The ghost is rumoured to be an innocent man who was lynched by a mob before being strapped to a horse’s back and paraded through the streets of Liverpool.

There is supposedly no head where it should be and the apparition charges with menace towards people who walk down the road.

Canning Street

Back to the Georgian Quarter now for another spooky story from years gone by.

Canning Street is within walking distance of the Anglican Cathedral, but it’s home to its own set of ghosts and is considered one of the most haunted streets in Liverpool.


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One house reported a number of unusual events that left everyone who witnessed it shaken to the core. During a teenage party in the late sixties, the group of youngsters heard strange sounds coming from the first floor. Upon investigating the noises, the group saw the lock rotating all by itself – despite the parents of the house locking all doors to prevent mischief. The same family spoke of a clock that sat on their mantle which hadn’t worked for years when all of a sudden, late at night, a singular chime rang and when a member of the family glanced up in confusion, she was greeted by a set of red eyes that quickly disappeared.

Further along the street was a report of a jewellery and clock repairman who looked across the road to see a woman brushing her hair in a window. As he watched, a man approached her from behind and tried to suffocate the woman, during the struggle, the light source was extinguished, plunging the scene into darkness. When the man reported the event to the police, no evidence could be found and no missing person matched the description.

Fenwick Street

Last year, TV’s Most Haunted paid a visit to The Slaughterhouse – a historic pub on Fenwick Street after many reports of paranormal activity.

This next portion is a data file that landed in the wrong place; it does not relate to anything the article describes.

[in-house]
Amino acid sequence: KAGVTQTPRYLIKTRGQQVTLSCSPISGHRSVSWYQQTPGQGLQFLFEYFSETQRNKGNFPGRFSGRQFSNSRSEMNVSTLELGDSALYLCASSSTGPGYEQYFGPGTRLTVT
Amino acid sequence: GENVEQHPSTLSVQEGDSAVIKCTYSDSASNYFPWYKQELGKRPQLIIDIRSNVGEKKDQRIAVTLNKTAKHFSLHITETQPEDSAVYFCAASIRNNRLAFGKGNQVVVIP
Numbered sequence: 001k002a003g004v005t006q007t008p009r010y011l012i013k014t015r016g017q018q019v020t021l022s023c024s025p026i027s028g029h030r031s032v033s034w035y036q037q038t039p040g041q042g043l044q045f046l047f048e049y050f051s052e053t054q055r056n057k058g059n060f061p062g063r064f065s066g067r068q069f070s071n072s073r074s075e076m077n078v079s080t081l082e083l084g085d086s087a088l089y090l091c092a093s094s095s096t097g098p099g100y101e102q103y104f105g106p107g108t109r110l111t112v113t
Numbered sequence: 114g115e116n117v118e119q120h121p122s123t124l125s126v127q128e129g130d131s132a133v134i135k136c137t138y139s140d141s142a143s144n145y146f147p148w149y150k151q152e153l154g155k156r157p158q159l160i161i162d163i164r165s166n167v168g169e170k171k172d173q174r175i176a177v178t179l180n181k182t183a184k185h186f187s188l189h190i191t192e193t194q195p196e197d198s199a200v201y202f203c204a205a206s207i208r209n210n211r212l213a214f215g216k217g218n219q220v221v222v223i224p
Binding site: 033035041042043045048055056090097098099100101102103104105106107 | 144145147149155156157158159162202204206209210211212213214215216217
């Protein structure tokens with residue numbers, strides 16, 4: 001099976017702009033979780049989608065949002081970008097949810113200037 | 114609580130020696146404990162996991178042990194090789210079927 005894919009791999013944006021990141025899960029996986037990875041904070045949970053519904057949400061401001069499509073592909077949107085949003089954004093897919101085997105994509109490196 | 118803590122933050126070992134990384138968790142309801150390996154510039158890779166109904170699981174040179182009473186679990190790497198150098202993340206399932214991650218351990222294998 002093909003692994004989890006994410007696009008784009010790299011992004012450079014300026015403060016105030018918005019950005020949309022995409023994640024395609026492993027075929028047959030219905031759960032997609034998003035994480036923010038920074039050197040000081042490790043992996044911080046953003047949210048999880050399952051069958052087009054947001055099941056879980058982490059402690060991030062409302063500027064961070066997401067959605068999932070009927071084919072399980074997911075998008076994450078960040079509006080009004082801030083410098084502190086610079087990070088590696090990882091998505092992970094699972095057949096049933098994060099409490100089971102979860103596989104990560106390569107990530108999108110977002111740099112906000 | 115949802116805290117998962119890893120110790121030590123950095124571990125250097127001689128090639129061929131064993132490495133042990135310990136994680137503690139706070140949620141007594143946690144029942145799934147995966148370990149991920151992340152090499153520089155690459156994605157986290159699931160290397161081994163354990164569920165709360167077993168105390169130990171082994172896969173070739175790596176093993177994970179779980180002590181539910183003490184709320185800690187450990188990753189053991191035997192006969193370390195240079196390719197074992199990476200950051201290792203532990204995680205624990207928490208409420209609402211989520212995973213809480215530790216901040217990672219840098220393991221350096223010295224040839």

Bar staff often refuse to lock up the pub on their own and customers and staff alike have reported moving objects, ghostly figures and being touched.

A former landlord once told an investigator “After everyone else has gone, I’ve been in the bar with a pint of Guinness and you can hear the toilet doors downstairs opening and shutting, opening and shutting, and you know there’s no one down there.”

Most of the ghosts are said to be friendly and don’t want to cause harm, such as the child called Billy who has been heard laughing and a middle-aged woman who is searching for her son. But Walter, a man who worked in the pub in the 1800s is very rude and bad tempered and doesn’t like people being in his space.

Newsham Park and its Hospital

Today, Newsham Park Hospital is nothing more than an abandoned building in Liverpool. However, this lonely landmark has a long and deeply disturbing history. Completed in 1874, Newsham Park Hospital was once an orphanage, before being sold to the government in 1951 so it could be used as a hospital. before closing its cursered doors in 1997, however, the hospital spent its final years as a mental asylum – we mean, how creepier could you get.

Sightings, sounds and unexplained events at the orphanage-come-hospital-come-asylum are not uncommon, and can be traced back to 1949. A nurse at the hospital once claimed that she saw numerous paranormal events take place – events she couldn’t begin to explain. The nurse in question was later found dead in a ward.

Since her death, eerie goings on increased tenfold.


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Patients at the hospital complained about an otherworldly presence, and many reported seeing children standing in their rooms and playing in the corridors. One person was said to have heard banging from old cupboards in which children were kept when naughty, while a headless man supposedly haunts the passageways alongside a Victorian Matron.

Described as “pure evil,” Newsham Park Hospital is undoubtedly the most haunted place in Liverpool.

Haunted Streets in Liverpool

It’s undeniable that Liverpool has a history – the effects of which has taken its toll on those seeking to move onto the next realm. What do you think? Are the streets of Liverpool haunted? Have you ever experienced any odd goings-on along the haunted streets in Liverpool?

It’s easy to believe in spirits when the nights get longer and colder and the wind whistles around the streets in Liverpool.

It’s not just streets that are haunted here, there’s plenty of buildings that are home to a ghoul or two. Take a look at our list of the most haunted buildings in Liverpool.